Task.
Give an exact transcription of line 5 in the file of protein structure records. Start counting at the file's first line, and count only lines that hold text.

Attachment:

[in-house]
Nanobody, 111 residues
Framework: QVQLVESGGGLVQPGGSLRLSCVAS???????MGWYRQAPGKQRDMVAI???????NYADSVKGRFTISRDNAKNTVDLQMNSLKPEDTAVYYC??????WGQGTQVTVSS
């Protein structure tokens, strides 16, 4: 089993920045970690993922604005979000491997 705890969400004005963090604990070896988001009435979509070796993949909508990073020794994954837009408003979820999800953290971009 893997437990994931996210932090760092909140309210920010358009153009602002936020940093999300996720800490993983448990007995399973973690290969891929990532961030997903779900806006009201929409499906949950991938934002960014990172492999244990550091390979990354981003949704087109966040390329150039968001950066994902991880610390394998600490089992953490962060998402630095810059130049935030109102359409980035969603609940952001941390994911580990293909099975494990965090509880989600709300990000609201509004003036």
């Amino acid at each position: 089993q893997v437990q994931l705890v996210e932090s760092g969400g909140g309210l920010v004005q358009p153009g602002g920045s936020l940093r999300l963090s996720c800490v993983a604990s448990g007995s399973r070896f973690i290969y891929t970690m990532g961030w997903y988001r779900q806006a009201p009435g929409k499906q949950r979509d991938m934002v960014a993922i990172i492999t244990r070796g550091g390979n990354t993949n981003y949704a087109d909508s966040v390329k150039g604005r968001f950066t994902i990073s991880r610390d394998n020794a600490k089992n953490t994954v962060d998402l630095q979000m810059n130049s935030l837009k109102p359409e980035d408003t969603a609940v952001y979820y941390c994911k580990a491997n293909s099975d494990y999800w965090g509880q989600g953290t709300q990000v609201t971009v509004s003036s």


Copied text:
């Amino acid at each position: 089993q893997v437990q994931l705890v996210e932090s760092g969400g909140g309210l920010v004005q358009p153009g602002g920045s936020l940093r999300l963090s996720c800490v993983a604990s448990g007995s399973r070896f973690i290969y891929t970690m990532g961030w997903y988001r779900q806006a009201p009435g929409k499906q949950r979509d991938m934002v960014a993922i990172i492999t244990r070796g550091g390979n990354t993949n981003y949704a087109d909508s966040v390329k150039g604005r968001f950066t994902i990073s991880r610390d394998n020794a600490k089992n953490t994954v962060d998402l630095q979000m810059n130049s935030l837009k109102p359409e980035d408003t969603a609940v952001y979820y941390c994911k580990a491997n293909s099975d494990y999800w965090g509880q989600g953290t709300q990000v609201t971009v509004s003036s």